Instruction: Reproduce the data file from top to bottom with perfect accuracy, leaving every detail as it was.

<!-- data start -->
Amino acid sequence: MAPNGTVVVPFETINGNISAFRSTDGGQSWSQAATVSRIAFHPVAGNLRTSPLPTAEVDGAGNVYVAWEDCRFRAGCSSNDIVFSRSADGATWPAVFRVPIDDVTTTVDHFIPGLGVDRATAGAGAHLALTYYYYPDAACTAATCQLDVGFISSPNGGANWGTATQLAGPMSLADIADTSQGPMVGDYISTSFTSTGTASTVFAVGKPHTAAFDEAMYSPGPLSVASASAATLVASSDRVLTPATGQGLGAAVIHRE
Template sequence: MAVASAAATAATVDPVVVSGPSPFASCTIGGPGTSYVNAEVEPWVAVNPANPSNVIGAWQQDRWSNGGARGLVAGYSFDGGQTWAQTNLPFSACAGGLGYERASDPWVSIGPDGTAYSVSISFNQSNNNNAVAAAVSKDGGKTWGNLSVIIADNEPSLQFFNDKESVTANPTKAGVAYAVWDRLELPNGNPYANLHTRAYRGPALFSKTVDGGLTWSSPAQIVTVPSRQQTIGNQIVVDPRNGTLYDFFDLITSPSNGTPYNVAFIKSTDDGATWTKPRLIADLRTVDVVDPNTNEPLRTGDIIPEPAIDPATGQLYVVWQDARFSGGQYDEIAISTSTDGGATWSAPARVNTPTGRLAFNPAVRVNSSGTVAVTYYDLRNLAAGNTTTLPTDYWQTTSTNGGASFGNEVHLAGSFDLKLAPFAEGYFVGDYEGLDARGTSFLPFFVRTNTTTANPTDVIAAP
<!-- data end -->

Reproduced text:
Amino acid sequence: MAPNGTVVVPFETINGNISAFRSTDGGQSWSQAATVSRIAFHPVAGNLRTSPLPTAEVDGAGNVYVAWEDCRFRAGCSSNDIVFSRSADGATWPAVFRVPIDDVTTTVDHFIPGLGVDRATAGAGAHLALTYYYYPDAACTAATCQLDVGFISSPNGGANWGTATQLAGPMSLADIADTSQGPMVGDYISTSFTSTGTASTVFAVGKPHTAAFDEAMYSPGPLSVASASAATLVASSDRVLTPATGQGLGAAVIHRE
Template sequence: MAVASAAATAATVDPVVVSGPSPFASCTIGGPGTSYVNAEVEPWVAVNPANPSNVIGAWQQDRWSNGGARGLVAGYSFDGGQTWAQTNLPFSACAGGLGYERASDPWVSIGPDGTAYSVSISFNQSNNNNAVAAAVSKDGGKTWGNLSVIIADNEPSLQFFNDKESVTANPTKAGVAYAVWDRLELPNGNPYANLHTRAYRGPALFSKTVDGGLTWSSPAQIVTVPSRQQTIGNQIVVDPRNGTLYDFFDLITSPSNGTPYNVAFIKSTDDGATWTKPRLIADLRTVDVVDPNTNEPLRTGDIIPEPAIDPATGQLYVVWQDARFSGGQYDEIAISTSTDGGATWSAPARVNTPTGRLAFNPAVRVNSSGTVAVTYYDLRNLAAGNTTTLPTDYWQTTSTNGGASFGNEVHLAGSFDLKLAPFAEGYFVGDYEGLDARGTSFLPFFVRTNTTTANPTDVIAAP